The Foundation awarded a two-year grant of £3,000 per annum to Wythenshawe Safespots in October 2018. The funding will contribute towards general running costs, as well as the expansion of services. These include additional facilitated workshops and programmes covering areas such as healthy relationships, confidence building, and money management. Outcomes for the beneficiaries of the organisation include improved feelings of safety, increased confidence and self-esteem, and overall improved lives.

Acts Fast

Acts Fast was set up to fill a gap in provision in supporting the non-abusive parents, carers and family members in Dorset, whose child or children have been sexually abused.  In many child sex abuse cases, the perpetrators are themselves a family member, which adds to the feelings of guilt and shame felt by the rest of the family, as well as issues resulting from the abuse and related trauma.

Acts Fast was established in 2014, and works alongside others, locally and nationally to raise awareness of child sexual abuse, and strengthen the support available for the non-abusive family members who are affected.  It supports individuals and families together, to work through their emotions and build resilience around the trauma.  It provides one-to-one counselling, as well as individual support sessions which offer practical and emotional support.  More than 130 families have so far been supported and Acts Fast is seeing an increase in referrals.

In October 2018, the Foundation awarded £5,976 to Acts Fast.  This funding will enable the organisation to increase the number and availability of specialist support sessions, and therefore help more families.  Sessions are offered currently in venues in Bournemouth, Poole and Dorchester.


Operation Emotion

This organisation takes its name from a police investigation into rape and abuse in the south west in the 1990s.  Operation Emotion began as a self-help group and now provides specialist services and support to men who have been sexually abused.  It currently runs a weekly support group and a learning programme called Education Recovery which works on a trauma-led approach.  The organisation also runs awareness-raising campaigns, such as Survivors Stories, which makes films that challenge the negative stereotyping and myths surrounding male sexual abuse.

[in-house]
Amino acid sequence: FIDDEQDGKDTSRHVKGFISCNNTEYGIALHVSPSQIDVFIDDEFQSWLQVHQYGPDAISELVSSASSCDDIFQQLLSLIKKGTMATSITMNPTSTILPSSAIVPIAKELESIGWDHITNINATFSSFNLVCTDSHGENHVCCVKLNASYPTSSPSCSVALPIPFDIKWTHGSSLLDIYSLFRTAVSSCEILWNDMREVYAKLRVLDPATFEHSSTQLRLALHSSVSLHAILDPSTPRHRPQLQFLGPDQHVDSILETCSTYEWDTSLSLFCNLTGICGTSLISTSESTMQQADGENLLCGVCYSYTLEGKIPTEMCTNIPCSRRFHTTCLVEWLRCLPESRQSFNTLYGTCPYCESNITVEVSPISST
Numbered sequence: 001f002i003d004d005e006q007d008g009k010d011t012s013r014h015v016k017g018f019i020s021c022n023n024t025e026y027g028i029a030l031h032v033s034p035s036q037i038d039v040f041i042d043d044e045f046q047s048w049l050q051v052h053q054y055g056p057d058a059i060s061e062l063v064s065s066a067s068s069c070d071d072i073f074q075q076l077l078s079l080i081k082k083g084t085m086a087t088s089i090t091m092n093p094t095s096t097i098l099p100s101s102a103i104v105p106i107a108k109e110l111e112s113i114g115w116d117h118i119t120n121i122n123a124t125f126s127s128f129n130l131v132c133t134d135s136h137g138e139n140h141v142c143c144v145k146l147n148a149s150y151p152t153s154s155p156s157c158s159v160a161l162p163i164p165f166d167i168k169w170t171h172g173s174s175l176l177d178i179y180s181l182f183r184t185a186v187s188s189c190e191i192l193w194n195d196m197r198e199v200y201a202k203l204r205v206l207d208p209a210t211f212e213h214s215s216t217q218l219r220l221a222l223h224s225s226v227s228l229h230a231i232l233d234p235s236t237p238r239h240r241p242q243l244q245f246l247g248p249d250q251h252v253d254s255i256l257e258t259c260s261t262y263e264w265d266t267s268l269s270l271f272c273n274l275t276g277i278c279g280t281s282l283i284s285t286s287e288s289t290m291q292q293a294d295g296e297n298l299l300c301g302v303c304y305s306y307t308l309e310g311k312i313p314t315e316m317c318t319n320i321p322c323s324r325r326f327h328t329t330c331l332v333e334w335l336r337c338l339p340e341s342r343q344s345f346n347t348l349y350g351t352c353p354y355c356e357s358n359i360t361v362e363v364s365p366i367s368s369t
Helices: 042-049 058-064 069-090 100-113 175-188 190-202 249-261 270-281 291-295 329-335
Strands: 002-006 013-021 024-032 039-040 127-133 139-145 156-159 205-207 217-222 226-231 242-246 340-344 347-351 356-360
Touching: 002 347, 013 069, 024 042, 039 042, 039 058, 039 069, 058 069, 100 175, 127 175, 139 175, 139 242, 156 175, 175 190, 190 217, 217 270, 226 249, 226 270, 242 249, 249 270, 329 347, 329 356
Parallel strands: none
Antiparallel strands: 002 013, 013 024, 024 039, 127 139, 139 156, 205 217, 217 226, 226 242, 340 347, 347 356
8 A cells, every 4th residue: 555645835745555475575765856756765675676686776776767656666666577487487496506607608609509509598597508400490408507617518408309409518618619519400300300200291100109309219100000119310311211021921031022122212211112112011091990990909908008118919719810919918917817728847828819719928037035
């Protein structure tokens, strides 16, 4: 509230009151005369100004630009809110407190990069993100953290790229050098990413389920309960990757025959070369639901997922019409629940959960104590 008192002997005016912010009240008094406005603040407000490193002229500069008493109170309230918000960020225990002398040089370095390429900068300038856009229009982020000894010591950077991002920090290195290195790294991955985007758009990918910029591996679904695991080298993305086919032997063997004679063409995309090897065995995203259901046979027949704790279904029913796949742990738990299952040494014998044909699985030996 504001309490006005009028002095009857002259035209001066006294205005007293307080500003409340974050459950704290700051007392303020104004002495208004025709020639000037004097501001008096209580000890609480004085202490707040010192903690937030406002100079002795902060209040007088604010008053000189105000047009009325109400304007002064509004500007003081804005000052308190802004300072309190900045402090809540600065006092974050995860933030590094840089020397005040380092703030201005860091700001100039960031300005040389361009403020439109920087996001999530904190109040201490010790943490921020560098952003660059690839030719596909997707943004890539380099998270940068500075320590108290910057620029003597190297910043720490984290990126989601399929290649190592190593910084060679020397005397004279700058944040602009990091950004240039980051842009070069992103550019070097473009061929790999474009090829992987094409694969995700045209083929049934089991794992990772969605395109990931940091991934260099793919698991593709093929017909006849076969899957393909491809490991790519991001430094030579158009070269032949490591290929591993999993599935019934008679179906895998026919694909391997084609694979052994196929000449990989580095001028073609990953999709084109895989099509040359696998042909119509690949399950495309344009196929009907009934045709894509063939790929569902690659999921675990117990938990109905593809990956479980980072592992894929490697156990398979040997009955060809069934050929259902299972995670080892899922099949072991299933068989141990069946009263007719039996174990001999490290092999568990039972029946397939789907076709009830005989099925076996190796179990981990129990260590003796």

The Foundation has awarded a £5,000 grant towards running costs of Operation Emotion.  Outcomes of the work include increased opportunities for the men involved to move forward positively with their lives, to have increased confidence and self-esteem, and to feel less isolated.


Inter Madrassah Organisation

This registered charity provides a range of services largely aimed at young people and families in the Blackburn area.  It works with black and minority ethnic families to combat disadvantage and to overcome difficult and different challenges through various projects and services.  Each year it supports many hundreds of people.

The Women 4 Women project aims to engage with women who have mild to moderate mental health issues, and provide them with support, as well as encouraging access to other services. So far 50 women have participated in regular peer group sessions, taking part in activities such as baking, arts and crafts, cooking, aerobics, photography and make-up.  The project began as a pilot in 2016, and has recently been evaluated.  The evaluation found that women found the sessions friendly and supportive, and felt encouraged to share their feelings and experiences.

The Foundation has offered a £12,000 grant which will contribute towards the extension of the Women 4 Women project.  It is anticipated, by demonstrating the effectiveness of the project in providing mental health support through a community organisation that this could lead onto the model being replicated wider.

Beyond the Streets

Beyond the Streets is a national charity, working from a base in Southampton.  Its focus is to support women who are involved in prostitution across the UK, either directly, or via the national network of local projects which it coordinates.  The charity’s overall vision is “to see a world where people are free from sexual exploitation, and where those involved in prostitution have the option to pursue genuine alternatives, free from constraints such as drug use, abusive relationships and poverty”.  Over the past year or so, numbers of people supported have doubled, and with a recently increased capacity plus additional services being offered, numbers are expected to continue to rise.

The Foundation is contributing a two-year grant of £5,000 per annum towards the general running costs of Beyond the Streets.  Anticipated outcomes are that more women will exit prostitution through contact with service, and that better services will be available for women through the charity delivering training to professionals and others in the statutory sector.  The grant was agreed at the October 2017 Trustees’ meeting.